Although all claims by workmen or their beneficiaries or dependents for benefits under our industrial insurance system may, potentially, reach the stage in the proceedings to which our critique of this rule will apply, it is to be noted and emphasized that less than one percent of all workmen's compensation claims ever, in fact, do.3/   All others are either settled without an appeal at the department level or are concluded at an informal settlement conference under WAC 263-12-090, supra, under circumstances whereby, even under the board's prior rule, a claimant could be represented by a nonattorney.
            However, once a claim reaches the formal conference  [[Orig. Op. Page 6]] or hearing stage we think that any person appearing in the proceedings as representative of a party must be regarded as being engaged in the practice of law ‑ and hence must be qualified and authorized to do so.  At this point, as we will now explain in some detail, the case will have entered into an arena where, according to the applicable statutes and in the words of AGO 61-62 No. 6, supra,
            ". . . all parties are afforded the opportunity to present evidence and argument, an official record is prepared which includes all the testimony and any judicial review is confined to the record thus made.  . . ."
            Although the board can deny an appeal or even grant the relief sought without a hearing (see, RCW 51.52.080), in those cases where a hearing is held, either before a hearing examiner or the board, a formal record is made of the entire proceeding.  If the hearing was held before an examiner and the board reviews his decision, its review is predicated solely on the record made before the examiner.  See, RCW 51.52.106.  And, if judicial review is thereafter sought in the courts, that review is also limited to the record made before the board.  See, RCW 51.52.115.  In short, all "hearings" before the board are record proceedings upon which judicial review is predicated.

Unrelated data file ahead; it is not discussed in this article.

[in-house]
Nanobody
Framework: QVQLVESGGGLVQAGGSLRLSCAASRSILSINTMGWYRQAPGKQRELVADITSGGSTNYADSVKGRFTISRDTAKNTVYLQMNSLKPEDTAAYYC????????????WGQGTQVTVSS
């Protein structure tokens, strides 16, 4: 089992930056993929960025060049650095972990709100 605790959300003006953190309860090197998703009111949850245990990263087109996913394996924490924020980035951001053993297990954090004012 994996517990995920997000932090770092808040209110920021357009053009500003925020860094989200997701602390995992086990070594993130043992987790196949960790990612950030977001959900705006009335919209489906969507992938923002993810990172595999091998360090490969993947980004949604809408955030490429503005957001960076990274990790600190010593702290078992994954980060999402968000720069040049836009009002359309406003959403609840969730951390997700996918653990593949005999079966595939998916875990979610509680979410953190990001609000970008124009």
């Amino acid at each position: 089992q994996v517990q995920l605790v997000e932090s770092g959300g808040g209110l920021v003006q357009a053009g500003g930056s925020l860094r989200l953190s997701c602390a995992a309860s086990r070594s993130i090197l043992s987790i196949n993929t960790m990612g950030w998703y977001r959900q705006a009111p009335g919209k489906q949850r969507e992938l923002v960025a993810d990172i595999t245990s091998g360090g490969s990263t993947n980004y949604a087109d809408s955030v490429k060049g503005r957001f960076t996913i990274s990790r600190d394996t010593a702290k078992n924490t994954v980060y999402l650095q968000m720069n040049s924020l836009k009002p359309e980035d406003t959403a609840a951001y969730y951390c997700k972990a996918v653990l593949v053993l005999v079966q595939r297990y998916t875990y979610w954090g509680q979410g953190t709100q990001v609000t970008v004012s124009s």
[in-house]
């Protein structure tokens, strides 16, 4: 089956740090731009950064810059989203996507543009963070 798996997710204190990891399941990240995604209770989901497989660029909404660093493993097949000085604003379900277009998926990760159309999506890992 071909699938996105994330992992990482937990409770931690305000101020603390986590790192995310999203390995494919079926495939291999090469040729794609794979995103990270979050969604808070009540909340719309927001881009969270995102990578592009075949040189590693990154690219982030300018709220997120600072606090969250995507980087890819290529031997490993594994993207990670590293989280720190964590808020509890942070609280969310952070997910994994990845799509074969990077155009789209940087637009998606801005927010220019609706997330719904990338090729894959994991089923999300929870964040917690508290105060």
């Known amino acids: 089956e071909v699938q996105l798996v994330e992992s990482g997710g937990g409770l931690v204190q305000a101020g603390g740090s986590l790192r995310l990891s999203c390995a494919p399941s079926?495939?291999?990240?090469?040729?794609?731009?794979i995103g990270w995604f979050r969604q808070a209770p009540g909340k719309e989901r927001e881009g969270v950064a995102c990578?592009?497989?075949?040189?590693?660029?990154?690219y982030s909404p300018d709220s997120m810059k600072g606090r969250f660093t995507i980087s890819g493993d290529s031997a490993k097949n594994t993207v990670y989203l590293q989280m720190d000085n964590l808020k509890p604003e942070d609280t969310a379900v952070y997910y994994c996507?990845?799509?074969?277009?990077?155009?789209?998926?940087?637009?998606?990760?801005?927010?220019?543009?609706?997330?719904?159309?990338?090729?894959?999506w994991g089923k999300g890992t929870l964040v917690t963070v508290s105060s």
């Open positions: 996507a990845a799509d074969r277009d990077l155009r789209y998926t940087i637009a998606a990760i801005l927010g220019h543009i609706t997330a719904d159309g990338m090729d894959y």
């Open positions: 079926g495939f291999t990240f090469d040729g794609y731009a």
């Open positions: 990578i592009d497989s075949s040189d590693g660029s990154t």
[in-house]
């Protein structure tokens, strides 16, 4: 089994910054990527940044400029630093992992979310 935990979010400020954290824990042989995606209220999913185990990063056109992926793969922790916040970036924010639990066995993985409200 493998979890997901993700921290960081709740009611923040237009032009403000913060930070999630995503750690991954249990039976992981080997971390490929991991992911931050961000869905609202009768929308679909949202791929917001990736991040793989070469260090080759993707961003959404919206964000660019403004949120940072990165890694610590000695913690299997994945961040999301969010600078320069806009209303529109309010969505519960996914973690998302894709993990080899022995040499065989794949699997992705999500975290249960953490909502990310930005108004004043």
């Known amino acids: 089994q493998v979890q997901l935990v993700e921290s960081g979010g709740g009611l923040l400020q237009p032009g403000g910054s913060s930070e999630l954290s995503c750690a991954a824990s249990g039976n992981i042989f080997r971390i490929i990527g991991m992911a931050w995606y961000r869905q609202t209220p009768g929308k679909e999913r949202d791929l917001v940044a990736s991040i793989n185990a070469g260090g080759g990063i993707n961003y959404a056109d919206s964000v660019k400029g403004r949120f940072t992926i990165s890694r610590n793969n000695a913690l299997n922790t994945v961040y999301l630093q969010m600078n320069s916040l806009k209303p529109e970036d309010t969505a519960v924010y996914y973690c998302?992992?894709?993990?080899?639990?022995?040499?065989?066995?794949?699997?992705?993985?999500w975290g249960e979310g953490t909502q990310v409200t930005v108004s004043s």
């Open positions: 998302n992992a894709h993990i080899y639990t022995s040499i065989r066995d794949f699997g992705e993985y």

In addition to these hearings, the statutes governing the board of industrial insurance appeals also provide (as previously noted) for conferences which can be held either on the motion of a party or on the board's own motion.  See, RCW 51.52.095.  Under this statute the board can direct "all parties interested in an appeal, together with their attorneys, if any, to appear before it, . . . for a conference . . ." during the course of which the following things can be determined:
            (1) The feasibility of settlement;
            (2) Simplification of issues of fact and law;
            (3) The necessity of amendments to the notice of appeal or other pleadings;
            (4) The possibility of obtaining admissions of fact and of documents;
            (5) Limitation on the number of expert witnesses;
             [[Orig. Op. Page 7]]
            (6) Such other matters as may aid in the disposition of the appeal.
            This statute (RCW 51.52.095) further provides that following such a conference
            ". . . the board member or hearing examiner conducting the same, shall state on the record the results of such conference, and the parties present or their representatives shall state their concurrence on the record.  Such agreement as stated on the record shall control the subsequent course of the proceedings, unless modified at a subsequent hearing to prevent manifest injustice.  . . ."  (Emphasis supplied.)
            It is thus clear that the board's conferences as well as its hearings (with the exception of a conference limited to the settlement of the claim which results in a determination of the proceedings) are in fact record proceedings upon which judicial review is subsequently predicated.  For this reason they also must be said to fall within the rule as stated in the 1961 attorney general's opinion heretofore reviewed and affirmed.
            In producing this record, moreover, it is further to be noted that the currently effective statutes and rules of procedure which govern the proceedings are such as to call for the application of a good deal of technical legal skill.  For example, under WAC 263-12-115 (3) objections to the admission or exclusion of evidence must state ". . . the legal grounds of objection relied upon . . ."  In addition, subsection (4) of this rule provides that:
            ". . . all rulings upon objections to the admissibility of evidence shall be made in accordance with rules of evidence applicable in the superior courts of this state."
            Another rule, WAC 263-12-145 (2) requires that if legal issues are involved in an appeal the petition for review ". . . shall set forth the legal theory relied upon and citation of authority and/or argument in support thereof.  . . ."  And finally, under both a statute (RCW 51.52.104) and a rule (WAC 263-12-145) a party filing a petition for review must set forth in detail the grounds therefor or the party shall be deemed to have waived all objections or irregularities not specifically set forth.